There is no doubt that technology has made all our lives easier in countless ways. Yet, like many things, technology is a double-edged sword, to be used with caution and good business judgment.
Many companies have moved to “paperless” personnel records, doing everything online. From applications to performance reviews and employee training, some companies no longer have hard copies of anything. While this saves time and energy, not to mention trees and storage space, it has its downsides.
With electronic signatures (or no signatures at all), it has become very easy for disgruntled employees to conveniently deny the contents of “electronic files.” This includes disputing information provided on applications, denying having read or received policies, claiming not to have completed training evidenced only by computer records, and disputing whether arbitration and at-will provisions were “viewable” or even contained in the version of acknowledgements electronically signed. What in the past were simple, undisputed facts -- rarely did an employee dispute their own signature on a document -- have become points of contention, at times sufficient to defeat summary judgment or motions to compel arbitration.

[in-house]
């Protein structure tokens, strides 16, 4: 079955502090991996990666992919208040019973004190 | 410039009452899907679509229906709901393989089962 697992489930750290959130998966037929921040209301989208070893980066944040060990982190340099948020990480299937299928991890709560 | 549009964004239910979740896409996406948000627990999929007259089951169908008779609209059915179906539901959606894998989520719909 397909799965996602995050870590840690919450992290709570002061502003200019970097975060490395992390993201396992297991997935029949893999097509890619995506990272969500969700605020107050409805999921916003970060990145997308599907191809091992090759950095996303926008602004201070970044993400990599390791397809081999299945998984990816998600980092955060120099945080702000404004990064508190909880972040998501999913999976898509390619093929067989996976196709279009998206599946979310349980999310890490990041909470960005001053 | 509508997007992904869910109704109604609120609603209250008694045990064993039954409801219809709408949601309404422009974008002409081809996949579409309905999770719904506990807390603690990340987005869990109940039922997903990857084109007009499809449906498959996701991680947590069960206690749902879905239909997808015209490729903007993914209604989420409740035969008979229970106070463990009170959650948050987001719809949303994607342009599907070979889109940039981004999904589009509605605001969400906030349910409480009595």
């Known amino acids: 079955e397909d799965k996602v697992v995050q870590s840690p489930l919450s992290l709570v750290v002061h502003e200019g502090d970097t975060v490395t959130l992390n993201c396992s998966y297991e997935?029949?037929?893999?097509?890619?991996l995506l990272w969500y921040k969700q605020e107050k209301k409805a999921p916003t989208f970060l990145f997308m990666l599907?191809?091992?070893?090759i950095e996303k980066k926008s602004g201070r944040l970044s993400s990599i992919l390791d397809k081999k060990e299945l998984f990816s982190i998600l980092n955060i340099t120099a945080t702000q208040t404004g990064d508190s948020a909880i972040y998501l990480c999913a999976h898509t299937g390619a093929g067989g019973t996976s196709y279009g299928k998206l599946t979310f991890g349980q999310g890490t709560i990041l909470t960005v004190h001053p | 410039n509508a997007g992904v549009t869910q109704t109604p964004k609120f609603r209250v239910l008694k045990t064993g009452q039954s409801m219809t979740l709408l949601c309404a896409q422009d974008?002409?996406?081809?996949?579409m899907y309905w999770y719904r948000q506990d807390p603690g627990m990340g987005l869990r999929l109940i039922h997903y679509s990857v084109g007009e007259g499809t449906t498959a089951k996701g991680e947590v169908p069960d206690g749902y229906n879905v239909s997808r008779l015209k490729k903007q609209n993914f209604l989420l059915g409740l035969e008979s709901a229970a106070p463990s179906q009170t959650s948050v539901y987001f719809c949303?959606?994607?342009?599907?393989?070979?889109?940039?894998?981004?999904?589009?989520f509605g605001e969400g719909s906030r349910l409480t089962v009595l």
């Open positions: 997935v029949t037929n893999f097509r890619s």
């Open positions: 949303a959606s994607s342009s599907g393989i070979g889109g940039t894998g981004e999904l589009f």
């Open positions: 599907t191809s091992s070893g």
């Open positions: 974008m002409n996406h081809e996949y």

The problems don’t end there. The ease of working remotely, whether by cell phone, blackberry or laptop, has made it impossible to tell when the work day begins and ends for many employees. Significant wage and hour questions are raised for the hourly worker who “checks-in” before or after hours, or on weekends, whether voluntarily or as a job requirement, or the employee who is in “contact” during vacation or while on leave. Not surprisingly, this has already resulted in a wave of class action litigation, with undoubtedly more to follow.
Never far from anyone’s mind when “technology” is mentioned is the popularity of online networking sites. These sites can be a great way to stay connected with potentially valuable business contacts. Yet, these sites provide the opportunity for employees to provide far too much information with the touch of a button.
One of the most frequent violations of company policy is the “recommendation” tool. For a variety of legal reasons, most companies prohibit employees from providing reference letters. But for some reason, the concept that an “online recommendation” is the exact same thing seems to get lost. In one recent case, an employee actually sent an e-mail to a former employee saying, “per company policy, I can’t write you a letter of recommendation, but I’ll be happy to post a recommendation for you online.” The employee apparently never realized that “posting a recommendation online” was just as much a policy violation as a hard copy letter would be. You won’t be surprised to hear that the recommendation posted online also contained confidential, proprietary information about a transaction in which the former employee had been involved, which violated yet another company policy.
So what’s the lesson? Invest time and energy in updating and broadcasting your policies and practices, to ensure they are just as advanced and well understood as the technology they embrace.
Submitted by Amy Wintersheimer Findley for Allen Matkins